CHENNAI : “There have been 479 crimes against Dalits reported in the past 10 years in the country, but why have we always called it an ‘’honour killing’’, and not associated it with the ‘idea of terrorism or genocide?’,” asked Suraj Yengde, India’s first Dalit PhD scholar from an African University. Speaking about caste and discrimination at a panel discussion during the launch of his book ‘Caste Matters’ published by Penguin Publications and MIDS, Yengde here on Sunday said: ‘’Dalit is not a category, but a lived reality and the Constitution needs to take enough efforts so that we (Dalits) walk proudly on the road.’’
‘’In the same way as the patriarchal society has made women vulnerable, the Dalits have been made vulnerable in the casteist society,’’ said the author, adding that the non-Brahmins discriminated the Dalits under the Brahmanical impression.
Chairman of Asian College of Journalism Shashi Kumar said there was a cosmological severity affecting Dalithood today. ‘’Citing the Constitution at the drop of a hat will not help the Dalit cause,’’ he said. Research Scholar Srinivasan Ramanujam said, “There should be a new language to discuss the discrimination of Dalits and talk about the Dalit literature,’’ he said, adding that honour killing involving two Dalit communities went unreported as there was no language to highlight the distinctness.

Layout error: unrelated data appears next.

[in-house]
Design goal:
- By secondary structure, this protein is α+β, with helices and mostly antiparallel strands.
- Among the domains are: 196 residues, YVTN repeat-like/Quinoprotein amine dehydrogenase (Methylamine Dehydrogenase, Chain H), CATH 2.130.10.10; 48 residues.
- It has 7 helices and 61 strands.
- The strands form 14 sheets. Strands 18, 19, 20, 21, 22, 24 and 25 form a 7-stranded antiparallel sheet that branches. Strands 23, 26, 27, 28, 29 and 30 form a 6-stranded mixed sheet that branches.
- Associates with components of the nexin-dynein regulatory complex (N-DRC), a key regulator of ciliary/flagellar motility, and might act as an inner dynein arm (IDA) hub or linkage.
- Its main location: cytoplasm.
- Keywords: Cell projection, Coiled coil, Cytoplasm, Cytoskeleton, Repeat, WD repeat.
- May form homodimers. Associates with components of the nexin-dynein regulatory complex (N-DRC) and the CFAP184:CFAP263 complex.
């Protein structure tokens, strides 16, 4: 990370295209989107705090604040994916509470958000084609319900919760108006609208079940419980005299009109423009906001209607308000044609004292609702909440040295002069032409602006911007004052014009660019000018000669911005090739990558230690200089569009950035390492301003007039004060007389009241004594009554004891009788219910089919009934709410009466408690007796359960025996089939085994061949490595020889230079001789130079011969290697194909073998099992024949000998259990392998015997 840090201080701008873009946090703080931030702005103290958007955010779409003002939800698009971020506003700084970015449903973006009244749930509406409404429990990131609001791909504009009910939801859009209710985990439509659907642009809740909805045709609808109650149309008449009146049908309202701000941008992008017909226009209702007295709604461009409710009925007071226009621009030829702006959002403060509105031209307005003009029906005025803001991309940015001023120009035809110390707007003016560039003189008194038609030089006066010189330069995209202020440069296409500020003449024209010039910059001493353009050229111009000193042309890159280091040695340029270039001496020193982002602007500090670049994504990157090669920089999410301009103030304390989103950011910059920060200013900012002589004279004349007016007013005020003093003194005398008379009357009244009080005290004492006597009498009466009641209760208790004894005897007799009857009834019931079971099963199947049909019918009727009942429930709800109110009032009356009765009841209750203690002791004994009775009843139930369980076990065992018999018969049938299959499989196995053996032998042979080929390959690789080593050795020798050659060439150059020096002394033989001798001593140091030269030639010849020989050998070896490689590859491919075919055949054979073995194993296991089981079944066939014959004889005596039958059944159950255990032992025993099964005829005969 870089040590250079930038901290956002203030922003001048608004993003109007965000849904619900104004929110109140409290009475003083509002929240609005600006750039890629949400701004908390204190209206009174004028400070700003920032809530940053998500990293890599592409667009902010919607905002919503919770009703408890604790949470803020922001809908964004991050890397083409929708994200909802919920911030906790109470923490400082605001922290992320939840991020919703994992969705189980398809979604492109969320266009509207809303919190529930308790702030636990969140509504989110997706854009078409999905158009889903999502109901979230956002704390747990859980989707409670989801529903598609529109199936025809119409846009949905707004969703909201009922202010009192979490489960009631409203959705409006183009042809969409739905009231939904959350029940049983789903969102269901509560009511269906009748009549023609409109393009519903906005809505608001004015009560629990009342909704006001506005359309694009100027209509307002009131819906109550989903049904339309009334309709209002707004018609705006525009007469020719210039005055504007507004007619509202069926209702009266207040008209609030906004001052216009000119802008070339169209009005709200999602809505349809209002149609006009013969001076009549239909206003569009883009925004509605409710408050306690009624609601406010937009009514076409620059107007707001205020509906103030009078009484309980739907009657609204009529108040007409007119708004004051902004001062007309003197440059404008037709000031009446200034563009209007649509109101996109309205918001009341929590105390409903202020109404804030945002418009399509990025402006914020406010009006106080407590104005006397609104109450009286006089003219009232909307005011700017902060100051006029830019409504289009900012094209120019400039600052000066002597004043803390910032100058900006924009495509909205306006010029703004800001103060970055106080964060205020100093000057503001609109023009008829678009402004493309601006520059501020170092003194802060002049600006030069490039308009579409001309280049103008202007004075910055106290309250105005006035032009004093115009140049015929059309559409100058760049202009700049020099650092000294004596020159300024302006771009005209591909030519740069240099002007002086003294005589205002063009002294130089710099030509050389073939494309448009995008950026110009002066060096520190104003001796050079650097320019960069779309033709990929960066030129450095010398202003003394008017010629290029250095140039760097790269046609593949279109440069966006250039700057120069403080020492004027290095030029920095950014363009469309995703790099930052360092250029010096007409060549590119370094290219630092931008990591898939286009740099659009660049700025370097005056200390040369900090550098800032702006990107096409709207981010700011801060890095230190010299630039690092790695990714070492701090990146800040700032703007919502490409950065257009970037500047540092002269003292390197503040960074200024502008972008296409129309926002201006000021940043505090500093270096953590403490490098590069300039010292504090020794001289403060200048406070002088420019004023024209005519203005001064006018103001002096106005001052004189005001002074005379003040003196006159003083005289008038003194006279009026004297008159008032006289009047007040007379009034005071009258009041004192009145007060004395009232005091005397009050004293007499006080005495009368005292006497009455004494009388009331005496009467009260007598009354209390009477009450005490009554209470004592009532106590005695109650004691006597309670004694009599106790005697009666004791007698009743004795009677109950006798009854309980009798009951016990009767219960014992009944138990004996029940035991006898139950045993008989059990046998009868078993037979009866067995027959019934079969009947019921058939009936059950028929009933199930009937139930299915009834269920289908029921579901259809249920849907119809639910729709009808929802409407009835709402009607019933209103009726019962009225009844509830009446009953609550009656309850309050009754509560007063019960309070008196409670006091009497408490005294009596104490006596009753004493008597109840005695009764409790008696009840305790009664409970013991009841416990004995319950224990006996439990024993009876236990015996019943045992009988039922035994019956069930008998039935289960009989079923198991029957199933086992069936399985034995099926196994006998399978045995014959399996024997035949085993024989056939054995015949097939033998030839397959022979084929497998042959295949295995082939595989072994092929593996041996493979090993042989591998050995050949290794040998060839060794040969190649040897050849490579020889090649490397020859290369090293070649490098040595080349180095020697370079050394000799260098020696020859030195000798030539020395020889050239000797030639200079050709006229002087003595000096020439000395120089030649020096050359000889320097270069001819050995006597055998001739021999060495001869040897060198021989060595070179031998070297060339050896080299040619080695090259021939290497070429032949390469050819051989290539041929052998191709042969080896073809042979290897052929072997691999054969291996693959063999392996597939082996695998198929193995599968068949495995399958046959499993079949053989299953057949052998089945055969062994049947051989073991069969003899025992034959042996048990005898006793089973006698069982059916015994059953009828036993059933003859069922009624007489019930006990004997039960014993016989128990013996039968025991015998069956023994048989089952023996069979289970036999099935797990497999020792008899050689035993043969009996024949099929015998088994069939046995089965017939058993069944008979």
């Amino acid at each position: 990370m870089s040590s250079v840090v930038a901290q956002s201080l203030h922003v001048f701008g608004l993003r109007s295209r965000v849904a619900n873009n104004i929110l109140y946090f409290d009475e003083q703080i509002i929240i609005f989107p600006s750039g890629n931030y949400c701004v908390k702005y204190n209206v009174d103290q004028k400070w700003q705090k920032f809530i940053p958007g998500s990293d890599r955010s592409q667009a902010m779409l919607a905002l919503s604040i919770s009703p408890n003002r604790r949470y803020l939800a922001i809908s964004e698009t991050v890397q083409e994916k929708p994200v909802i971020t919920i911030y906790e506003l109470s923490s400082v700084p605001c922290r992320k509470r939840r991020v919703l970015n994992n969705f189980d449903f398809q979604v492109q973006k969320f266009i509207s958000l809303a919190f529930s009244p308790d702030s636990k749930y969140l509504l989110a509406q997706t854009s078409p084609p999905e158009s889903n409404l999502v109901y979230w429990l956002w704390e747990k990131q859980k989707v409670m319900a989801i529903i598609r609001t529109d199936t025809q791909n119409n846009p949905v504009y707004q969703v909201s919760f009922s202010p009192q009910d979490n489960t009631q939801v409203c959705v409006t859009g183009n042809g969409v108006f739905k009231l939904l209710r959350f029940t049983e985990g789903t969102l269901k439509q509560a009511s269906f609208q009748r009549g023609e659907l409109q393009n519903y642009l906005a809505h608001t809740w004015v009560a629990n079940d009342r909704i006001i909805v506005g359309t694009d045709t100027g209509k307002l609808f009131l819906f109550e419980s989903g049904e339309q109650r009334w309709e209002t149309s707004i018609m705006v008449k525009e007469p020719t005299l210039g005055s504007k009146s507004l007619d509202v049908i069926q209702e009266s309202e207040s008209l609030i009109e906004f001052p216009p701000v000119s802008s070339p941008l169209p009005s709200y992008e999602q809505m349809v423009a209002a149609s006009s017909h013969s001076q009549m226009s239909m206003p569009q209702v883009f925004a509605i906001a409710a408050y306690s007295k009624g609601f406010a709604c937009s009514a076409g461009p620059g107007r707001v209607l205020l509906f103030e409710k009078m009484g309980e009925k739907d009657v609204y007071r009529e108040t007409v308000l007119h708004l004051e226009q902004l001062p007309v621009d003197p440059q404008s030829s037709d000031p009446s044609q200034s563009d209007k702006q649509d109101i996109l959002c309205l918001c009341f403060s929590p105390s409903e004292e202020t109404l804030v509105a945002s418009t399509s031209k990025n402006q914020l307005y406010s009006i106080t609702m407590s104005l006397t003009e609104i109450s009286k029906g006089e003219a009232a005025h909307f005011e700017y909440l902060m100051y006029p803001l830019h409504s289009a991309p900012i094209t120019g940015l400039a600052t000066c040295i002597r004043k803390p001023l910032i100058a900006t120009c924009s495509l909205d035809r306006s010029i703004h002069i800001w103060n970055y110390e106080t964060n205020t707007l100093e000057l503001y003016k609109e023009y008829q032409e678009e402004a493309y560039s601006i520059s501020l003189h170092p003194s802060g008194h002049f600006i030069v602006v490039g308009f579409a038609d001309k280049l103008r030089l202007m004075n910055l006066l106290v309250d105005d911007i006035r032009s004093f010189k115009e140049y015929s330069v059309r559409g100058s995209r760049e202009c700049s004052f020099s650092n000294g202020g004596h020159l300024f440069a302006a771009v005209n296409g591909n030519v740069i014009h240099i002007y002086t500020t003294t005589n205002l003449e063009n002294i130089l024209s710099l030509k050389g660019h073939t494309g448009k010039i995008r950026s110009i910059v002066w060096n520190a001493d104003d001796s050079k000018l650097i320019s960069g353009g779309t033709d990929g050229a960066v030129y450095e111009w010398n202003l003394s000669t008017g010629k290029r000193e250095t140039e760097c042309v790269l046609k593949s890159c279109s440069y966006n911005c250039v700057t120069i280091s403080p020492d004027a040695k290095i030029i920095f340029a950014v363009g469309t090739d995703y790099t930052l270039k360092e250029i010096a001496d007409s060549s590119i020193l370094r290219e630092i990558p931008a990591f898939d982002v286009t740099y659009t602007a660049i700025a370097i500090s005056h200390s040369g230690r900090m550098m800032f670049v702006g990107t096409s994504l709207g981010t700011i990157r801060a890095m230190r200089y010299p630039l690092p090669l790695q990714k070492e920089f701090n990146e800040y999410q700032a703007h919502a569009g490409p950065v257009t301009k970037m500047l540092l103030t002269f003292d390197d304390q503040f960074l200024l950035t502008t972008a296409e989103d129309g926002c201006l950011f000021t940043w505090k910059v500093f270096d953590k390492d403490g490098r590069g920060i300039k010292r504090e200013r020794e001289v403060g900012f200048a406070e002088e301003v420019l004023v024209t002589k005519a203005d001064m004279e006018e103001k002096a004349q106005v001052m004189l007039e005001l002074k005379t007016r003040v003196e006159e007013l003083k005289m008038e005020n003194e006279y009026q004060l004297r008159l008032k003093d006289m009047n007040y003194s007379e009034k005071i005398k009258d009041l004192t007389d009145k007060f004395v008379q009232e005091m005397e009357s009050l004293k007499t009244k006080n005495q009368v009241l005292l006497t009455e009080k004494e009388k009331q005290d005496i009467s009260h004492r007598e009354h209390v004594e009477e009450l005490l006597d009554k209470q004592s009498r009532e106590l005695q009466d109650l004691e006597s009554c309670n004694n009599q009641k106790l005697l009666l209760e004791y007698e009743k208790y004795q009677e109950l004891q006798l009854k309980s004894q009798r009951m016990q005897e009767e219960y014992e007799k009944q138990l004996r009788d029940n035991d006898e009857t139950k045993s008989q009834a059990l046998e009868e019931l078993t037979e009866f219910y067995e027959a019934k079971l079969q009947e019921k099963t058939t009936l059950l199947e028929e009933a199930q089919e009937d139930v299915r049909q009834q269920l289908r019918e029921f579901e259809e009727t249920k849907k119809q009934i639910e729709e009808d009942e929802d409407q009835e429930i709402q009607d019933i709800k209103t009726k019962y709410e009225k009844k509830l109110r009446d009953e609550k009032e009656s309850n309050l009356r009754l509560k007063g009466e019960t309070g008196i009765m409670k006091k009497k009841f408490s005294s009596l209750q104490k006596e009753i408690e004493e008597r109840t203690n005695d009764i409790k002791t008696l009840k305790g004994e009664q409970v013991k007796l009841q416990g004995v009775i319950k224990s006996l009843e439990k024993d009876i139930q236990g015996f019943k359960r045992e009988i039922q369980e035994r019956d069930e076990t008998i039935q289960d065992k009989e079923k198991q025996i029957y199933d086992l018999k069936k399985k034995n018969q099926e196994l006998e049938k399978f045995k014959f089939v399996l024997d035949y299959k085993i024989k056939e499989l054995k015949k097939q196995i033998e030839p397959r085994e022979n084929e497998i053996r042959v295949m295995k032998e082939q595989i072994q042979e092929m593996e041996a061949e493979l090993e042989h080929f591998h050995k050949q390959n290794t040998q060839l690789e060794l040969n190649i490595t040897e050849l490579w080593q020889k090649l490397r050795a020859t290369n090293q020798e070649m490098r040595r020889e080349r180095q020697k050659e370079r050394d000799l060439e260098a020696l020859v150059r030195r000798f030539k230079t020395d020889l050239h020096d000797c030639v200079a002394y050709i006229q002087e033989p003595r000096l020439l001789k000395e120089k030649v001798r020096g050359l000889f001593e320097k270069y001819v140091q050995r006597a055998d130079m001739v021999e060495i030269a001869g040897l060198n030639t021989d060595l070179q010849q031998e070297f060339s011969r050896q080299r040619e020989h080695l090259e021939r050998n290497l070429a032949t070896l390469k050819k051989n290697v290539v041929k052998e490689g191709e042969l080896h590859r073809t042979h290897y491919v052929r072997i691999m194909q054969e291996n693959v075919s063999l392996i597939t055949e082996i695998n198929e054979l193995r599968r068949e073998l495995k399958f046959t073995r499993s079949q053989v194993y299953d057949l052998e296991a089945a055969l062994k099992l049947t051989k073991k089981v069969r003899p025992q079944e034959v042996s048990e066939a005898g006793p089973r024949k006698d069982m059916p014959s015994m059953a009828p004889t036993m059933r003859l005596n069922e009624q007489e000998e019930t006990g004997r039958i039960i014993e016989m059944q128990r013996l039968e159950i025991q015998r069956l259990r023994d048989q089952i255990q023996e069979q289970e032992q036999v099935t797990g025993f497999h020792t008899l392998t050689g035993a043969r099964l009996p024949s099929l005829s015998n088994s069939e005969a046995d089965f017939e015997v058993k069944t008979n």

Pointing out when a Brahmin revolted against another Brahmin, the revolter ceased to be a Brahmin, Ramanujam said the boundaries of Brahminism were safeguarded by untouchability itself. Loyola College professor Semmalar Jebaraj questioned why caste was not spoken about in a global area where race and religion were spoken about. ‘’ The book initiates a public conversation which most of us shy away from,’’ she said.
Other panellists present included Dean of Asian College of Journalism Nalini Rajan and Madras Institute of Development Studies Research scholar C Lakshmanan. The book ‘Caste Matters’ can be purchased at Penguin Publications online at `599.
Launch of ‘Caste Matters’
A panel discussion on caste and bias was conducted on the sidelines of the launch of ‘Caste Matters,’ a book written by Suraj Yengde, India’s first Dalit PhD scholar from an African University